By Mason Poepperling
Staff writer

We live in unprecedented times. It’s a cliche but it’s true.

Every year, it seems like a new global event occurs in what seems like the universe trying its hardest to make this year just a bit more dire than the last.

This year’s global event has come in the form of a massive invasion of the Eastern European country Ukraine being carried out by Russia, Ukraine’s neighboring country to the east. While this isn’t the first time Ukraine has had an invasion attempt acted upon by Russia, an invasion of this magnitude has affected not just those in Ukraine, but those with strong connections to the country, including Mira Clobes, Professional Proctor and Administrative Assistant at Hutchinson Community College, who is from Ukraine.

“Witnessing the crisis in Ukraine has been heartbreaking for me. I have no words to express how much it hurts to see all the war crimes Russia is committing against Ukrainian nation,” Clobes said. “This is not the first time in history Russia has been aggressive towards Ukraine, but it’s shocking that this is happening in today’s age. With its people united more than ever, I’m sure Ukraine will recover from this. I just hope the world doesn’t forgive Russia for this … I know Ukraine never will.”

Mira Clobes poses for a photo in Rimmer Learning Resource Center. Clobes is a Ukraine native. Photo by Danae Moser.

Witnessing Russia’s invasion of Ukraine has prompted many responses around the world, with support for Ukraine in its fight against invaders spreading like wildfire.

“Most of the reactions and thoughts I have heard and seen are heartwarming,” Cloves said. “I am very thankful that the world came together to help Ukraine during this crisis. Seeing all the different countries help Ukraine in so many ways gives Ukraine and its citizens strength to keep fighting for their freedom and the future of Ukraine.”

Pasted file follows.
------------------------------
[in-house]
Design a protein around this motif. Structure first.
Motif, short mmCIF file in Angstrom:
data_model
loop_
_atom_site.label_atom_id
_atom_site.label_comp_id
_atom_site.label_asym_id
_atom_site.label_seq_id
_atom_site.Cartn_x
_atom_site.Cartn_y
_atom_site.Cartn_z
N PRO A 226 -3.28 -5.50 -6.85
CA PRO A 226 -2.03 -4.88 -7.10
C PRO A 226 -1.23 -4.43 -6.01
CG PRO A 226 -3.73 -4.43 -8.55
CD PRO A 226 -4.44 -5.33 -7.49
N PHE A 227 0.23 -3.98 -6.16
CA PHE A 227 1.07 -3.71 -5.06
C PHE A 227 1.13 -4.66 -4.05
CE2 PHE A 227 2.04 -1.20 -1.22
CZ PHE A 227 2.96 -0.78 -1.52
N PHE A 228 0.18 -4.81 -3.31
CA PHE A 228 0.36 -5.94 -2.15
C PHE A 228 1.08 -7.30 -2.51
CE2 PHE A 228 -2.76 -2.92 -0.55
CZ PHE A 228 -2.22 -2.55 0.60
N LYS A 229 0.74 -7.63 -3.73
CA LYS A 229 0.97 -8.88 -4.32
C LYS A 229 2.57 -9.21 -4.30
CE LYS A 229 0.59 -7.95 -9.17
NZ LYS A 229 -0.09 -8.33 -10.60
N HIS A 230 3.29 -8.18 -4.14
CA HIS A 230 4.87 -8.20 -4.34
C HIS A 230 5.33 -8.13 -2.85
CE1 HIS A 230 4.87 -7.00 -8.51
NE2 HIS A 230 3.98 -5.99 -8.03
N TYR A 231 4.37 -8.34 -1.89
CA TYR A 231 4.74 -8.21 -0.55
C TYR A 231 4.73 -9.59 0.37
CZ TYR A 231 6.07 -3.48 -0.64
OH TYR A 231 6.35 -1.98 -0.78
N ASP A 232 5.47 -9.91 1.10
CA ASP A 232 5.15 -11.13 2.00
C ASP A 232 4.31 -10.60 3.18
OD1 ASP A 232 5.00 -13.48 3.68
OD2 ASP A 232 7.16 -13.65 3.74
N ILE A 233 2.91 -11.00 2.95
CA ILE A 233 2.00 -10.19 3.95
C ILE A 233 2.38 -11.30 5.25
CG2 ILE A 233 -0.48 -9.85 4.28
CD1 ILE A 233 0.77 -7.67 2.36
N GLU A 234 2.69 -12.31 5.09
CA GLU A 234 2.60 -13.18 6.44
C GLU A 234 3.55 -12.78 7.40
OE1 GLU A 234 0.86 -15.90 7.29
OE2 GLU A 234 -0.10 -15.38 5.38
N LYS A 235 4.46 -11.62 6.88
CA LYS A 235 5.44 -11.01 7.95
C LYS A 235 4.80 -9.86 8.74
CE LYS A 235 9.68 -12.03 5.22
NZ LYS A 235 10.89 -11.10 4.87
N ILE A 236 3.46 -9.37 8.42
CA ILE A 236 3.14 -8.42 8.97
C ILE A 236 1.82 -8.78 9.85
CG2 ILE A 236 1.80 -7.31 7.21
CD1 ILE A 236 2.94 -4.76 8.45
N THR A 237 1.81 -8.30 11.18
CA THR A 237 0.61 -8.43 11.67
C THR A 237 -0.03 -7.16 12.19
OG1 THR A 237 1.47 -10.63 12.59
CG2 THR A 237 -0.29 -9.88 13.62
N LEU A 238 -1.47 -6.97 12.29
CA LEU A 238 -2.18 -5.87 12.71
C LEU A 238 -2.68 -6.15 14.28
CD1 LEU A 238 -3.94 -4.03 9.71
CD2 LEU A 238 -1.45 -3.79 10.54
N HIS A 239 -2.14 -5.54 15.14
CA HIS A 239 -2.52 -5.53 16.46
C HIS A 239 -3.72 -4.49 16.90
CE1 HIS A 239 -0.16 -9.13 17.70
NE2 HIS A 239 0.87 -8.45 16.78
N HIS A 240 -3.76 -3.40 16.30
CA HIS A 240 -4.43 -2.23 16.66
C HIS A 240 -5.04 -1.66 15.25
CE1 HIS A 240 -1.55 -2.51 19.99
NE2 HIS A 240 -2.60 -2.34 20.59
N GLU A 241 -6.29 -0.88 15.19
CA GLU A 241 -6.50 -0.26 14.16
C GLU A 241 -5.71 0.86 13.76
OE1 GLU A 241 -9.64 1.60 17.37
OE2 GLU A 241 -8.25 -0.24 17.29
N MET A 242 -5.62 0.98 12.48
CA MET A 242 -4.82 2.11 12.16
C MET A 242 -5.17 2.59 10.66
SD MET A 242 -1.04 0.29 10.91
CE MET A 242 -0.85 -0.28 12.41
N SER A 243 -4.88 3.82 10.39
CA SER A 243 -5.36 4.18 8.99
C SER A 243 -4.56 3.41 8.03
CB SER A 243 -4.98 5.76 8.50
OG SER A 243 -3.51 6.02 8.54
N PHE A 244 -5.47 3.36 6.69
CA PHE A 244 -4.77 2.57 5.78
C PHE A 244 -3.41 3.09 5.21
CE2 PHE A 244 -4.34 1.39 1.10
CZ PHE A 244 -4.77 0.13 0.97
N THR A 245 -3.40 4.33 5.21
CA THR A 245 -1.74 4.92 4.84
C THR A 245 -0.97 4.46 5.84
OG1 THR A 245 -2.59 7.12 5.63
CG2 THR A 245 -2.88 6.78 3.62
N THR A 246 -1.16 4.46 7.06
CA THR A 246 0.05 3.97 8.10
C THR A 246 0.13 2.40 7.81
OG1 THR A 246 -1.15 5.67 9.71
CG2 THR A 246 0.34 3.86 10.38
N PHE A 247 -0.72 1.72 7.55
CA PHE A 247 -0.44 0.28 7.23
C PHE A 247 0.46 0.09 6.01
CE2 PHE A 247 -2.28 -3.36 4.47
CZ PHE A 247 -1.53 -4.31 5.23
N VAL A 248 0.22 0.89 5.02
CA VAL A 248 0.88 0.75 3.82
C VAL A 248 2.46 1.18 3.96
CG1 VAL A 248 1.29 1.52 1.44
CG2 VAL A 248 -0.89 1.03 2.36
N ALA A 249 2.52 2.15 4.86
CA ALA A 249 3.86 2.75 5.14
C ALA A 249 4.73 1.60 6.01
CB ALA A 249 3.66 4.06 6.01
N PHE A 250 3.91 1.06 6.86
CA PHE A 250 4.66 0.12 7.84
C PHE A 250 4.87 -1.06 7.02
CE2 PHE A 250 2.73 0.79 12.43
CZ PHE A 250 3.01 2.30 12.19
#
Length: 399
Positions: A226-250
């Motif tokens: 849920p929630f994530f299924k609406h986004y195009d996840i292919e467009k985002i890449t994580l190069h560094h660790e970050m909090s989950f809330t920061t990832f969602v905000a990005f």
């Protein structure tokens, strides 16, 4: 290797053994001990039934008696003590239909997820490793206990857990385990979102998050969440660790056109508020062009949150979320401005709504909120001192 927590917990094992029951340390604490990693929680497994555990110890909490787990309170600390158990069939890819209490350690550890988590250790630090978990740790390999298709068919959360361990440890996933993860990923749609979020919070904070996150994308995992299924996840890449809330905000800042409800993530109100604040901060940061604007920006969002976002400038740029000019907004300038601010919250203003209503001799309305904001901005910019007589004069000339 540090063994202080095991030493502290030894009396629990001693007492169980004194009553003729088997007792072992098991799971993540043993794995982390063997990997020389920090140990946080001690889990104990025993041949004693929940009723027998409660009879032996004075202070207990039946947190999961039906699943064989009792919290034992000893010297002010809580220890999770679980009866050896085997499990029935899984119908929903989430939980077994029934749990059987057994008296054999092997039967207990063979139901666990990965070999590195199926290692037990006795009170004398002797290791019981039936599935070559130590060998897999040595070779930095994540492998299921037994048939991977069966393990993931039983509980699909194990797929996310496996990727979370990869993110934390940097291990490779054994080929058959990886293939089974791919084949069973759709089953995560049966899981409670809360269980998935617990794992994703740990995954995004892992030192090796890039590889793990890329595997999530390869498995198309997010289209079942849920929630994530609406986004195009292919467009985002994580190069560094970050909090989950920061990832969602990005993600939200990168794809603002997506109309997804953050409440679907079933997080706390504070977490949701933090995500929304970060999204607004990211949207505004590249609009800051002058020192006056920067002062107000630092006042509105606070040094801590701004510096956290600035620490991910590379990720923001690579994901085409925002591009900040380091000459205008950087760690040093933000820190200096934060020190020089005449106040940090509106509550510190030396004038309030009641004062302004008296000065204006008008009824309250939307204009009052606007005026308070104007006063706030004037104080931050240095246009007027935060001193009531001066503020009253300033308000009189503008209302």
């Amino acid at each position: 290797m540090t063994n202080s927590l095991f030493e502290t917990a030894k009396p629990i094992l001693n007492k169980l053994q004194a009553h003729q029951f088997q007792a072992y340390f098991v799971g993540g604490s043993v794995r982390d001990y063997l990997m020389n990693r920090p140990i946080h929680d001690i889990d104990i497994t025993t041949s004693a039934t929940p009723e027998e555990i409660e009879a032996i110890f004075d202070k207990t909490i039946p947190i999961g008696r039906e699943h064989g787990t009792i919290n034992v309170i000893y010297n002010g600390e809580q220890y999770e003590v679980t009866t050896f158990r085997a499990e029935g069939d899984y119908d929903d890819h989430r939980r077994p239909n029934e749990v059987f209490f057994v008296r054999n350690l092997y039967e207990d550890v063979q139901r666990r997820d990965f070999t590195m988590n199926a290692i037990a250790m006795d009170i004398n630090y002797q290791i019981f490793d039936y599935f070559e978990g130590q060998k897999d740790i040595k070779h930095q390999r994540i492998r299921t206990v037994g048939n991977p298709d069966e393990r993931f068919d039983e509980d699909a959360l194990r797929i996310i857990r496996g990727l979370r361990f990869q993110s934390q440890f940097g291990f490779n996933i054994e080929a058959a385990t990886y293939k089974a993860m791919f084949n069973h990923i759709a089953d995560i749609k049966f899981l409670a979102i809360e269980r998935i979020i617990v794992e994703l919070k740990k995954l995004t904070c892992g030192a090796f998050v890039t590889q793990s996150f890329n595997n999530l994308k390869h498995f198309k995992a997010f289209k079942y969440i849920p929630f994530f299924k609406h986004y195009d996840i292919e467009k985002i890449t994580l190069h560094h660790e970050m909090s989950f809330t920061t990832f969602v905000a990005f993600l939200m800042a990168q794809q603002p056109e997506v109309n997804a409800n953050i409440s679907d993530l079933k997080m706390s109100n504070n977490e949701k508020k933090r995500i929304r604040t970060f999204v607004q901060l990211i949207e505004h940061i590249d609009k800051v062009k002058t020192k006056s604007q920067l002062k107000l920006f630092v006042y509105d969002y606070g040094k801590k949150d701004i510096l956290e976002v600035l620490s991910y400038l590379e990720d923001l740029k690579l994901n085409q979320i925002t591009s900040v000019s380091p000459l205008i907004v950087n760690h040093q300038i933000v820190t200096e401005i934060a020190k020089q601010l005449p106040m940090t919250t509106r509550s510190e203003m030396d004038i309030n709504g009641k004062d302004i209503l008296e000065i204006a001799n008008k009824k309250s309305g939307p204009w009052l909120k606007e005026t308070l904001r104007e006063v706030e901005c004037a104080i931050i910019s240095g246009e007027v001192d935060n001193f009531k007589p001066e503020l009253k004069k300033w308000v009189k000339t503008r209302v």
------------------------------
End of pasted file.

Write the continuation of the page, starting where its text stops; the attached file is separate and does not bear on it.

Of course, for every positive response to the Ukrainian crisis, there is one that comes from a place of misinformation when it comes to Ukraine and Russia’s past. Clobes said she believes that this is an important time for anyone uninformed about the tumultuous relationship between Ukraine and Russia to research the topic.

“Once you get yourself informed about the history of Ukraine, it becomes very clear why this is happening right now, and why Ukrainian people are desperately fighting for their freedom and independence from Russia,” Clobes said. “The time period that is particularly striking, and one that all Ukrainians look back to, is the time from 1932 to 1933 called Holodomor. It was a man-made famine that killed millions of Ukrainians while Ukraine was a part of the Soviet Union. There are many more examples of repressions that occurred while Ukraine was a part of the Soviet Union, and it’s not surprising that Ukrainians will fight until they can’t to not let history repeat itself.”

In the end, much like past global events, it’s important to make sure any information people consume on the Ukrainian crisis is coming from a trustworthy source. Minimizing the spread of misinformation on the Ukrainian crisis is one of the best ways for the world to be properly informed on the situation as it develops.

“I would recommend they get themselves informed as best as they can using trustworthy news sources before discussing this topic, Cloves said. “Because this situation is very complicated, and political in nature, I would recommend thinking critically about everything you see and hear. If (someone) is discussing the crisis in Ukraine with the person that lives, lived, or has connections in Ukraine, I would recommend bearing in mind that this situation is probably very difficult, and traumatizing for them. Don’t assume that you know how they feel, and be ready that the person will have a strong opinion on this topic.”

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